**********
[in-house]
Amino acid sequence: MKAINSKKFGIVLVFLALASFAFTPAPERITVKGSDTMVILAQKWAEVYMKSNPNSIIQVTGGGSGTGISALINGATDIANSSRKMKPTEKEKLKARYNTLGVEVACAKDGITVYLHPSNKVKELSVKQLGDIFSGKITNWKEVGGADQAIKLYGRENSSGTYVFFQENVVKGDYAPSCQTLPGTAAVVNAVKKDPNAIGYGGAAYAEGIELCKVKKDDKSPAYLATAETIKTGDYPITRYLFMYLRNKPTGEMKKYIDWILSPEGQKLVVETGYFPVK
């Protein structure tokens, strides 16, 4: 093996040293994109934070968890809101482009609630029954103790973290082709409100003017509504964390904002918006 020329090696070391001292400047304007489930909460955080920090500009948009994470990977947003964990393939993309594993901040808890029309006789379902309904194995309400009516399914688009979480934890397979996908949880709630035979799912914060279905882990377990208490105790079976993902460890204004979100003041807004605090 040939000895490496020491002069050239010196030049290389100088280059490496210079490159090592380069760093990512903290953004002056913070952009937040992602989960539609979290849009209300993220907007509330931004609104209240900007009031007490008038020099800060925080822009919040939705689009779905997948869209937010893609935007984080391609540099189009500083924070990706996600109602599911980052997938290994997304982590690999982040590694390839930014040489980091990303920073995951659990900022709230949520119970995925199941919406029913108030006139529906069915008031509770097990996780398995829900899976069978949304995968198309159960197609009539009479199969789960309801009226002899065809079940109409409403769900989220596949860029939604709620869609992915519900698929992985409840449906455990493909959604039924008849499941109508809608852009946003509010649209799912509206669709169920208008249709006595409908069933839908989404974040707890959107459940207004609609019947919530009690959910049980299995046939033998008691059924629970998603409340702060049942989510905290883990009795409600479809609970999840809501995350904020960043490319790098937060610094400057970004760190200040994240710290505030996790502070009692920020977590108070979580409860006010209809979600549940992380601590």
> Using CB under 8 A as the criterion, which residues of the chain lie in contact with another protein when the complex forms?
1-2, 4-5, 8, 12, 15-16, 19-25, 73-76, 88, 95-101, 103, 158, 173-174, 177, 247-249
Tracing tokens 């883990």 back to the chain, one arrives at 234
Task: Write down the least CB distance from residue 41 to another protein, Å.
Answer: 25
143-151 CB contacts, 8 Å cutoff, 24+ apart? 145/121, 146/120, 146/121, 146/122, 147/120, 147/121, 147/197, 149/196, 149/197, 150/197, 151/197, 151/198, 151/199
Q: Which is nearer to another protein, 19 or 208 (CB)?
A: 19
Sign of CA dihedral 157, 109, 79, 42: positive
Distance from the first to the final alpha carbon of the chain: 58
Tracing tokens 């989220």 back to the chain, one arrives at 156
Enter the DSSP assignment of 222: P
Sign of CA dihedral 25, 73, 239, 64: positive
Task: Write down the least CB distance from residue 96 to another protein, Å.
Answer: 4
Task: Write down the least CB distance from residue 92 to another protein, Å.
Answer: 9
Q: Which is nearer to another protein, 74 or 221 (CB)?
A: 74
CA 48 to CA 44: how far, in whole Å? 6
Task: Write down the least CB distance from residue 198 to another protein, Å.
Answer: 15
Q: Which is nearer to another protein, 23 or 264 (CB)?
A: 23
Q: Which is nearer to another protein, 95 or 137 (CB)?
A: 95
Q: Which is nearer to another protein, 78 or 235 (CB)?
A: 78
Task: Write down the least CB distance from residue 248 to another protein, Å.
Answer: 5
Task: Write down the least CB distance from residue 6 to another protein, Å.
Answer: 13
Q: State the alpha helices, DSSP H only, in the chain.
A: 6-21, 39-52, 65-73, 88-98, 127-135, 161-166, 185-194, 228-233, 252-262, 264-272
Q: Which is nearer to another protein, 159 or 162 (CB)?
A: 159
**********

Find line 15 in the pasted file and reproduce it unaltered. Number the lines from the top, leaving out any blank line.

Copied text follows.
Enter the DSSP assignment of 222: P